It’s not really fall until we’re knee deep in a pumpkin patch, searching for the greatest gourd we can gather in two arms. Lucky for us, Northeast Ohio’s crop of farms make it easy and fun to pick a pumpkin and usher in the season.Mapleside Farms
You’ll never run out of things to do at Mapleside Farms, with an acre full of nearly 1,000 pumpkin selections ($.50 per pound). Find a family-oriented environment where adults relax with wine tastings every Friday and Saturday, while their kids play on one of the many attractions, such as the 311-foot slide, corn mazes, cow and pigs rides, and a jump park. Mapleside’s 11-point COVID-19 plan, which includes timed ticketing to keep capacity low, helps make it safe and fun. 294 Pearl Road, Brunswick, 330-225-5577, mapleside.com
Pickering Hill Farms
If you want to channel your inner Charlie Brown and find the next great pumpkin, be sure to check out this Avon spot, which features more than 12 acres and thousands of homegrown pumpkin options ($1-$60) to choose from. Coming in all shapes and colors such as yellow, bright orange, white and even green, the fall festival here every October is perfect for children with a wagon ride and corn maze. Regular temperature checks and constant cleaning around the farm make this a safe bet too. 35669 Detroit Road, Avon, 440-937-5155, pickeringhillfarms.com
While Sirna’s Farm isn’t hosting its annual Fall Fest for the first time in 20 years, you can still visit its roughly 1/4-acre pumpkin patch, featuring up to 500 pumpkins ($2.50-$40). The farm uses environmentally sustainable means such as hydroponic greenhouses (using mineral nutrient solutions instead of soil) to grow fresh, tasty fruits and vegetables without pesky chemicals. 19009 Ravenna Road, Auburn Township, 440-834-0696, sirnasfarm.com
How to Pick a Pumpkin
Sirna's Farm's Kaitlyn Sirna and Pickering Hills Farms owner Jay Pickering us the tips and tricks to picking out a solid pumpkin and keeping it in good shape all month.
General Inspection: Start with the stem. A healthy pumpkin will have a stem that’s sturdy, free of cracks and doesn’t break off easily. And while you should check for blemishes, don’t fret about pumpkins that have dirt or dried mud on them. Just wash it off. "Typically, they're obvious to the eye, so it's not like a tomato or something where it's going to appear after you've taken it home," says Sirna. "Sometimes customers prefer pumpkins with blemishes because they look a little funkier and spookier."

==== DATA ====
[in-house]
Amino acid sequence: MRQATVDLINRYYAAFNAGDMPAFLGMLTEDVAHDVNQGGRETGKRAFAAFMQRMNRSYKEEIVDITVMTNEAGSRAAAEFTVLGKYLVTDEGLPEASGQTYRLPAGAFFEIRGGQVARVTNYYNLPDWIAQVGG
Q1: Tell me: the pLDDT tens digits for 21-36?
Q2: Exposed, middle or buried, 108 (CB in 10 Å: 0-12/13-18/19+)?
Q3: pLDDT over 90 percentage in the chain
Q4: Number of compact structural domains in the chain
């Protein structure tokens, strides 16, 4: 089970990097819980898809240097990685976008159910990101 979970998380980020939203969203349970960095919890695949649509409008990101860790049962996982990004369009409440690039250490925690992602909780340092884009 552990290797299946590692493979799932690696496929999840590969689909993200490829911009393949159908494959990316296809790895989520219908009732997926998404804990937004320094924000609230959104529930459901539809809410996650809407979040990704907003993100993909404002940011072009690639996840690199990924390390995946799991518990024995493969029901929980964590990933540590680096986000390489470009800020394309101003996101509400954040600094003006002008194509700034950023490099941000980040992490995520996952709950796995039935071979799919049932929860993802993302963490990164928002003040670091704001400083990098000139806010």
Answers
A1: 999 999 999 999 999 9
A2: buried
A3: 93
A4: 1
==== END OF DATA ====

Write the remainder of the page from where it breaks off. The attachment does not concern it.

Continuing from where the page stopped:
Color Palette: Don’t feel like you need to be locked into the Charlie Brown pumpkin — your classic orange. Shake things up with unconventional colors such as bright yellow, white, tan or green and even those that are technically gourds. Differently colored ones make for great options to paint instead of carving, too. "There are some that are blush pink, which are very trendy right now," says Sirna. "We also have some Cinderella gourds, which are often a sagey-green color, or more white and beige."
Boo-tility: In addition to color, it's important to think about where you're going to place and what you're going to do with your pumpkin when choosing the size of your selection. "If you're stacking them up on a porch, you might want something squatter, so that the center of gravity can handle the stacking," says Sirna. "If you're going to carve a tall ghost or a haunted house scene into a pumpkin, you're probably going to want to look for something more long."
Pumpkin Preserve: If you’re setting your pumpkins out early this month (carved or not), make sure you consider where you’re placing them so they stay in good shape. “If you sit in the grass, it might rot,” says Pickering. “But if you put it on concrete, it’s going to drain a little better. It’ll last longer.”
How To: Cook Pumpkin Seeds
Once the carving’s done, step up your pumpkin seed game by using this recipe from Good to Cafe and Anna in the Raw chef and owner Anna Harouvis, for an endlessly snackable savory treat with just the right kick. “I love spice,” Harouvis says, “and I add these to salads and smoothie bowls for the athletes I prepare food for. It’s great to help your immune system, burn fat and help muscle recovery with anti-inflammatory properties.”
Performance Pumpkin Seeds
Preheat the oven to 350 degrees. Place the oven rack in the center position. In a small bowl, add 1 teaspoon olive oil, 1/8th teaspoon of hot sauce, 1/2 teaspoon pink Himalayan salt or sea salt, 1/4 teaspoon fresh ground pepper, 1 teaspoon organic ground turmeric, stir with a whisk. Add in 1 cup of raw pumpkin seeds and make sure to they’re well coated. Once mixed, spread the seeds in a single layer on a baking sheet on top of parchment paper. Bake for 5-8 minutes, until pumpkin seeds start to darken and plump up slightly (you may hear them pop). Remove from the oven and let cool completely. Store in a sealed glass jar or baggie.